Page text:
Les Kelly is no stranger to Gadget Freak. A couple year's back, we featured his remote-controlled doggie crate opener. Now Kelly is back with a more complicated version -- a remote that opens a doggie flap, whether it's on a crate or in a door.
This gadget works through walls and other obstacles, and you can also attach a timer to let your pet out at a regular time of day. With the automated opener, you can put a dish of food outside the crate, set the timer to let the pet out earlier than you want to rise, and then spend a couple of extra hours in bed.
Les Kelly's remote can control your pet flap opener from the couch or bed when your pets need to go in or out.
I am very much interested in something similar for opening and closing the chicken run door for my chicken coop. It would need to do more than just unlatch/latch, but actually open/shut the door at predetermined times. I would think there would be a lot of interest in this as well as the Doggie Door.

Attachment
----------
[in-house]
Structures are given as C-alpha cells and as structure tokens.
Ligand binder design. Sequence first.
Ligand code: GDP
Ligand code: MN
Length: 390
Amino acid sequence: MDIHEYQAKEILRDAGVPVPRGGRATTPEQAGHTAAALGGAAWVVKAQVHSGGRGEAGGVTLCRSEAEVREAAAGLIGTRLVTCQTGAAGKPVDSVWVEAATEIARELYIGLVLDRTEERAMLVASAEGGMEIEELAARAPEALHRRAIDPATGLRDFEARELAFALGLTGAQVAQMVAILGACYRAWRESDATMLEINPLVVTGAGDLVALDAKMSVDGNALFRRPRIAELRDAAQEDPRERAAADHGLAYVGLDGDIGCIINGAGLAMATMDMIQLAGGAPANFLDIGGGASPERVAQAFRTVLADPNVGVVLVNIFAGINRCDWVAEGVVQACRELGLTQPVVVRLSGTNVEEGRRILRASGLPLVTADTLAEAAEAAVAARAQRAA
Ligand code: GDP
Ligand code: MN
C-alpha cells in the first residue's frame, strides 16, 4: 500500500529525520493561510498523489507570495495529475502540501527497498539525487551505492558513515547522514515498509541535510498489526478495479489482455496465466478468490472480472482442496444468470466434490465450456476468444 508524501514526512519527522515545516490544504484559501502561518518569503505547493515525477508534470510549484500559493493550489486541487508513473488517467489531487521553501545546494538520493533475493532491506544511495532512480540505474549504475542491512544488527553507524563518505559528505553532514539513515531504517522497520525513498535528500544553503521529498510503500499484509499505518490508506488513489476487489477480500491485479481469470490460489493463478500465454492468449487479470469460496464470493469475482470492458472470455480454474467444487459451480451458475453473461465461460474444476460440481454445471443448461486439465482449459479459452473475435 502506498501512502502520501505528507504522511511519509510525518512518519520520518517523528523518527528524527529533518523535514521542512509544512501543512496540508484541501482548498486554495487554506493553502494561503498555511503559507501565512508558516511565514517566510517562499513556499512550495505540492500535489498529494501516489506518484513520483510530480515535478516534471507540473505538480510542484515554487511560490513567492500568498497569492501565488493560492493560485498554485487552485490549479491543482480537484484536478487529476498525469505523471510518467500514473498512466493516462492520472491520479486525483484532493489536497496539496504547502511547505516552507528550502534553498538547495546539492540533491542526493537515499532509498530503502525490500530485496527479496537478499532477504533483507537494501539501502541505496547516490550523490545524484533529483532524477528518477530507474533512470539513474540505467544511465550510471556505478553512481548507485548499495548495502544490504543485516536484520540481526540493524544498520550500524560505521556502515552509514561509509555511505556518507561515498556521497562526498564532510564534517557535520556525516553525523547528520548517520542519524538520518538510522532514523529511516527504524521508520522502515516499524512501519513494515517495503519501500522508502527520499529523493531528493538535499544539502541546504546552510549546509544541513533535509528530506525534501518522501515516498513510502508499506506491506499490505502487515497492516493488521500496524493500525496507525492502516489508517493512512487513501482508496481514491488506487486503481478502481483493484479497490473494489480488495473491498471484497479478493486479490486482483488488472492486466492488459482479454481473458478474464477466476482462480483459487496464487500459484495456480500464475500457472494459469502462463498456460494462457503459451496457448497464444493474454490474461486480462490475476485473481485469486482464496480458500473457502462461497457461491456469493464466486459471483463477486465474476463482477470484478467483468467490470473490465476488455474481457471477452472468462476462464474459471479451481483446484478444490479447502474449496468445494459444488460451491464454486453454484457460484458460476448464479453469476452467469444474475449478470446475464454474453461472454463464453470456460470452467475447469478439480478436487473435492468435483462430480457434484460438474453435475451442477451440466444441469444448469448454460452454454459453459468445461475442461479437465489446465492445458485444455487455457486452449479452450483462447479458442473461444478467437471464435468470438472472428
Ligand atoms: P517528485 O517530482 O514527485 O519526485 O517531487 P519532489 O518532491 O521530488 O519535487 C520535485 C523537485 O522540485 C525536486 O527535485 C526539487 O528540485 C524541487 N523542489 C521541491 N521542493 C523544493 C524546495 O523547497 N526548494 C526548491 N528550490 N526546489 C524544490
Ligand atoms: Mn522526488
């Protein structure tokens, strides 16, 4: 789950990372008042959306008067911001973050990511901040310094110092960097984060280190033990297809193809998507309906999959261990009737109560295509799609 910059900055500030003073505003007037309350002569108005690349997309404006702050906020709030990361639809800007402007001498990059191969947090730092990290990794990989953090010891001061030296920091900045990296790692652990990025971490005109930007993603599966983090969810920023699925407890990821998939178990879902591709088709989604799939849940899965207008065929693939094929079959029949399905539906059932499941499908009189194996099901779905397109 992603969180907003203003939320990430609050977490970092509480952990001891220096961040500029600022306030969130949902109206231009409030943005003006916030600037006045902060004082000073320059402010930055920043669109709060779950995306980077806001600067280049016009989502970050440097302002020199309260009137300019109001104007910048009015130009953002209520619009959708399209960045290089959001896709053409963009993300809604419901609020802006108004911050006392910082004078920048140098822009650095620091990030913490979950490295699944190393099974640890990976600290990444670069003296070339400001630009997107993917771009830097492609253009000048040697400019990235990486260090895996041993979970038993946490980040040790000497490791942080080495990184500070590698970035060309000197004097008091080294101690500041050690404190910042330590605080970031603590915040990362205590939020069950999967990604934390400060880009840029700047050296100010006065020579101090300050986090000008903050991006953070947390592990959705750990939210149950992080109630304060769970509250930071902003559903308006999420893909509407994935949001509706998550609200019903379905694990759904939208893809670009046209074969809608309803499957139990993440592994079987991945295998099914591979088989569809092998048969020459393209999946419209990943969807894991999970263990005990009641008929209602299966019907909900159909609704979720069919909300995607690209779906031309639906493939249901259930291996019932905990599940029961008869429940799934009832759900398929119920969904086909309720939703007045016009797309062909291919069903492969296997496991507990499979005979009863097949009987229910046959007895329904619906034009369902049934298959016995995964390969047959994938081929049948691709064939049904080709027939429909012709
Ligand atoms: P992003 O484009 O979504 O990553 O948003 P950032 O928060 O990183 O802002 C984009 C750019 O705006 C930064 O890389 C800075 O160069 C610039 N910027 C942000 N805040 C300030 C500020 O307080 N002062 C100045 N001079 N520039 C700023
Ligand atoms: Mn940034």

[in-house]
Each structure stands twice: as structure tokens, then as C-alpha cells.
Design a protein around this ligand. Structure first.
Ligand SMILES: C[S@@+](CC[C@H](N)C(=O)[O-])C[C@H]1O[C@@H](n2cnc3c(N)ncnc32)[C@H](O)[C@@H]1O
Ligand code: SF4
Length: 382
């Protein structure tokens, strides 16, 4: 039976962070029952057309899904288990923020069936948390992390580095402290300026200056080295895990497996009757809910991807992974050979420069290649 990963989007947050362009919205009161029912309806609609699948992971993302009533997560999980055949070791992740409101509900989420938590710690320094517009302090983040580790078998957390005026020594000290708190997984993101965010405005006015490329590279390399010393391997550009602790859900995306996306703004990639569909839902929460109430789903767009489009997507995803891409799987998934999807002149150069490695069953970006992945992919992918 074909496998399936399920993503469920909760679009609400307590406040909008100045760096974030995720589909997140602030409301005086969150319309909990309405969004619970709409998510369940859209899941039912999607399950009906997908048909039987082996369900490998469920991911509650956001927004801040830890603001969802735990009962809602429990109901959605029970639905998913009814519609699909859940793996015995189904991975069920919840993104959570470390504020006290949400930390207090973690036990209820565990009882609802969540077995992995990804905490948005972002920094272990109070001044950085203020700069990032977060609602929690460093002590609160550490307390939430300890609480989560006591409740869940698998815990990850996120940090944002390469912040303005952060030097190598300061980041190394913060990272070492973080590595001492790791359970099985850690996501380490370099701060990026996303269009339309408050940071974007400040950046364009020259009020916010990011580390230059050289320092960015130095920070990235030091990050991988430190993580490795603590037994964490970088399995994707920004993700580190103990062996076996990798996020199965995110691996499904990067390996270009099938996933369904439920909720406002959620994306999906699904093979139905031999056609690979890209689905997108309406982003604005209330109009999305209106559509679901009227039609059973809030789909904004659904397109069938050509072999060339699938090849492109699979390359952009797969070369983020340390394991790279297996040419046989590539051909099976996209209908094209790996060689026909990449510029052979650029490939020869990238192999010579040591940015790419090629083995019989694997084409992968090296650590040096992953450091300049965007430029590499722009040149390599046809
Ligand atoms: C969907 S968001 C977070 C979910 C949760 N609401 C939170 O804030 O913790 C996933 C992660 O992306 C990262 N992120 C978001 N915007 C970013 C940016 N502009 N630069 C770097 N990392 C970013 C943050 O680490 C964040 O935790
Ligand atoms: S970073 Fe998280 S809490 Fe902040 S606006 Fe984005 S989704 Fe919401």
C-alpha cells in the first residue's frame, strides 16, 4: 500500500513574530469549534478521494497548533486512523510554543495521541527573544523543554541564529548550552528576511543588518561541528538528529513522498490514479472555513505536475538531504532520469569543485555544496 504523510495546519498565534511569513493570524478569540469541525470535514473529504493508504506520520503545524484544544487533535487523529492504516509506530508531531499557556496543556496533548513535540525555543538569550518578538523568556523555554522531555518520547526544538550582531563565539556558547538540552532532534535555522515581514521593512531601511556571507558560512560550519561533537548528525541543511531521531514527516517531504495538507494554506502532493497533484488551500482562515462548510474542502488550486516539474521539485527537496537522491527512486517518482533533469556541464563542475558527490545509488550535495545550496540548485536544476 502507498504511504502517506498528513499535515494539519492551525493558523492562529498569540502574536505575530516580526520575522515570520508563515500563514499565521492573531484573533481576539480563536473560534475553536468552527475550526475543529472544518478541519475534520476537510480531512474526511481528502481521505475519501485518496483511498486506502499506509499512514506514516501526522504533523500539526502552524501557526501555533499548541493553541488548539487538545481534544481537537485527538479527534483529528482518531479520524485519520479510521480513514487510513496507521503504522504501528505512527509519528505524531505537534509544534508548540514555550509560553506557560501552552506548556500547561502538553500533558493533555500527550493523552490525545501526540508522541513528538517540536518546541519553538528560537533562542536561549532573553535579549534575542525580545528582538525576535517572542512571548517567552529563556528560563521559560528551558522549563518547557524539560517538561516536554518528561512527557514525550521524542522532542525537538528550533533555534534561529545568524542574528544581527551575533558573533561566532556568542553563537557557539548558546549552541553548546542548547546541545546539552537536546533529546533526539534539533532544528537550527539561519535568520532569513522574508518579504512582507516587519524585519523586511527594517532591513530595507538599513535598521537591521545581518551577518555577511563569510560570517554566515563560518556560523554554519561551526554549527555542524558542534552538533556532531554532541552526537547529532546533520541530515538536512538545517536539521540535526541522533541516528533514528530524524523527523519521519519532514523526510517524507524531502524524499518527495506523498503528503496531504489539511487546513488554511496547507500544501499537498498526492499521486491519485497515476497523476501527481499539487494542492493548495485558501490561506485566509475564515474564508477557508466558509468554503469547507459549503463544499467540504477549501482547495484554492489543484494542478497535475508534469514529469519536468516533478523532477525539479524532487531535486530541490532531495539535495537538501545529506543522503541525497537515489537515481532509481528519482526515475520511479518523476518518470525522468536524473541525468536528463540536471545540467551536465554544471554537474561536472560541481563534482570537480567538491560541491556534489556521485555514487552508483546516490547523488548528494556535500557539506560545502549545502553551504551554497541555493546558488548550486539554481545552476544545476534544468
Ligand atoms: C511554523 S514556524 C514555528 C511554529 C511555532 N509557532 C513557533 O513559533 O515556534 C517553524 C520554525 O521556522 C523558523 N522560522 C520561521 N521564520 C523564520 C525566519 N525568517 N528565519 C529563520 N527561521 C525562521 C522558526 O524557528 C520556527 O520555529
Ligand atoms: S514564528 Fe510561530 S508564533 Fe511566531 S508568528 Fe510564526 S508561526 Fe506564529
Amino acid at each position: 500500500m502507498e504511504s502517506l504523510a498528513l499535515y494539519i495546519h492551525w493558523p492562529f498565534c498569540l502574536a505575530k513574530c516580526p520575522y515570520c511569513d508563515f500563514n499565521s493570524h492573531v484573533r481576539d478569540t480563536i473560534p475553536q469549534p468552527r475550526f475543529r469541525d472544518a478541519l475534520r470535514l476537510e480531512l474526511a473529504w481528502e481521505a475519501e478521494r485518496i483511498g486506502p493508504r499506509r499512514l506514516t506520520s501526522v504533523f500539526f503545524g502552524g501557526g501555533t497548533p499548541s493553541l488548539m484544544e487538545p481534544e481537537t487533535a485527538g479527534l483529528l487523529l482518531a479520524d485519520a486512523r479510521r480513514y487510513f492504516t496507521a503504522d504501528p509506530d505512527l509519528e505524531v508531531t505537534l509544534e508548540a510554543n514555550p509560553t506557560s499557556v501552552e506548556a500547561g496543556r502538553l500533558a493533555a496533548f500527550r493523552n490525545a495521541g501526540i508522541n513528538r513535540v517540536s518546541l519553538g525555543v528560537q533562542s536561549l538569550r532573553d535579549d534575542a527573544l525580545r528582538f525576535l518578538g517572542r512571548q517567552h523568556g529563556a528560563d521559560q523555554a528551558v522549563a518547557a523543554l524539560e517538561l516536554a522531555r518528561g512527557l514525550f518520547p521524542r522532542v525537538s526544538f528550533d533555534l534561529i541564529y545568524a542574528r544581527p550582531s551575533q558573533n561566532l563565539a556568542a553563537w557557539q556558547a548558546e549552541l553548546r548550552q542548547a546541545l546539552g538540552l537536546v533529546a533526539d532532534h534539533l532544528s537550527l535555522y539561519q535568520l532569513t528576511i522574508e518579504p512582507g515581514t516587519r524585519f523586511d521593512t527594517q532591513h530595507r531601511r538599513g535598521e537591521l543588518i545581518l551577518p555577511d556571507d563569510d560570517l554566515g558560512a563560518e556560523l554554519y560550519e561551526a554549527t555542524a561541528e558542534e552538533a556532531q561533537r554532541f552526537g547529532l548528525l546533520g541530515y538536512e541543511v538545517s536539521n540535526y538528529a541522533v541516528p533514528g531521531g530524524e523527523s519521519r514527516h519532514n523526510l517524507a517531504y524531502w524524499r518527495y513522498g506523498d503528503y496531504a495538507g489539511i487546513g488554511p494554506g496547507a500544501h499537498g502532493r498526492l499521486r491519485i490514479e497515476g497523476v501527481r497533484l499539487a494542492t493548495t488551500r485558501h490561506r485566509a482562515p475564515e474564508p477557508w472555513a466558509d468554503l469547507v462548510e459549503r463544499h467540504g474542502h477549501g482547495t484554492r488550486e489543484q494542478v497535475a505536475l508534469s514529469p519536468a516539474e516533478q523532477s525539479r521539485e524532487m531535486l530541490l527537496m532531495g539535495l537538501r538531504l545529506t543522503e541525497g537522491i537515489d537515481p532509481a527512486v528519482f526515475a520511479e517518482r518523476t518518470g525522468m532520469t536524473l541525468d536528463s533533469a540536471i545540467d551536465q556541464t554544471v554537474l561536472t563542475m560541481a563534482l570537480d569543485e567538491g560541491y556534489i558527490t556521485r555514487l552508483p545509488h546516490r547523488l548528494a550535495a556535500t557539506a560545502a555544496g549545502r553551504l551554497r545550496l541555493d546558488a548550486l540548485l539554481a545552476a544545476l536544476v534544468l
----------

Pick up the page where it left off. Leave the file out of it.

Great idea Nadine! The original version of my invention is going to be available on the market later this summer under the name EasyOut. It is going to be marketed as an add-on product for wire crates, but I modified the standard version of it very easily to open common bolt-action latches like you see on cabinets, and I use it every night to open a large wooden door on a pen in my basement where our dog eats while my wife and I eat dinner upstairs. One push and she comes running up the stairs and joins us without me ever leaving the recliner I eat dinner in. I agree with you that its main appeal is that it's a simple, cheap, and modular way to open any latch that can be opened by a simple lateral translation - ie it can't twist anything, etc. - by pressing a remote control button. I even used to have a version where I used the same remote that I use for the TV. I'm also working on getting the built-in remote pre-installed by GM in my Camaro's dashboard (normally used for garage doors) to open it, so I don't need the separate remote that will come with the product to let out our dog(s) when I'm driving into the driveway. We're also looking into activating it via a smartphone app like you see advertised now for other home automation stuff, and/or using a timer. A driving factor for the smartphone app or other PC control would be to let your pet in from the yard at work if a storm came up suddenly similar to what you mentioned, or out to pee if you realize you're going to be late getting home due to work or traffic, etc. There is also interest from folks who raise chickens, as a way to let them all out of their coops into their yard automatically at a given time each morning. Also dog kennels/etc. to remotely open specific cages from a large bank of them, etc. My personal favorite benefit is to release your dog from an outside kennel to come into the house for the evening if it's raining, cold, or snowing, without going outside. It could also be set up to be triggered by the tags worn by the pet for them to go in/out at their discretion. I have patents that mention all this stuff as possibilities, it's just taking me a while to develop them all! :-)